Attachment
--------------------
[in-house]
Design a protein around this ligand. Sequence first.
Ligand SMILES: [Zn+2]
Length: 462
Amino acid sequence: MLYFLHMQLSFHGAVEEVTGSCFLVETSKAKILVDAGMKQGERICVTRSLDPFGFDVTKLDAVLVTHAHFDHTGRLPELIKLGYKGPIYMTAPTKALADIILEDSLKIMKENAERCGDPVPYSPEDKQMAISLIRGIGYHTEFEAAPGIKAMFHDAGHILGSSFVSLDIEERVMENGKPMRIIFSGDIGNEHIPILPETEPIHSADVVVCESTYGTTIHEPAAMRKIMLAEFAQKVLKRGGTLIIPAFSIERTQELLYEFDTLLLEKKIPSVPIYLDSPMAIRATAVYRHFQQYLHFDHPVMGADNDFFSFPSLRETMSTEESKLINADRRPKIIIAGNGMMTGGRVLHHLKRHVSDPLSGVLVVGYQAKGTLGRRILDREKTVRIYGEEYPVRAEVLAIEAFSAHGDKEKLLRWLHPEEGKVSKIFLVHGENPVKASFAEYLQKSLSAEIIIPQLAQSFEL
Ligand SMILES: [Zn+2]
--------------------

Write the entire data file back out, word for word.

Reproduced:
[in-house]
Design a protein around this ligand. Sequence first.
Ligand SMILES: [Zn+2]
Length: 462
Amino acid sequence: MLYFLHMQLSFHGAVEEVTGSCFLVETSKAKILVDAGMKQGERICVTRSLDPFGFDVTKLDAVLVTHAHFDHTGRLPELIKLGYKGPIYMTAPTKALADIILEDSLKIMKENAERCGDPVPYSPEDKQMAISLIRGIGYHTEFEAAPGIKAMFHDAGHILGSSFVSLDIEERVMENGKPMRIIFSGDIGNEHIPILPETEPIHSADVVVCESTYGTTIHEPAAMRKIMLAEFAQKVLKRGGTLIIPAFSIERTQELLYEFDTLLLEKKIPSVPIYLDSPMAIRATAVYRHFQQYLHFDHPVMGADNDFFSFPSLRETMSTEESKLINADRRPKIIIAGNGMMTGGRVLHHLKRHVSDPLSGVLVVGYQAKGTLGRRILDREKTVRIYGEEYPVRAEVLAIEAFSAHGDKEKLLRWLHPEEGKVSKIFLVHGENPVKASFAEYLQKSLSAEIIIPQLAQSFEL
Ligand SMILES: [Zn+2]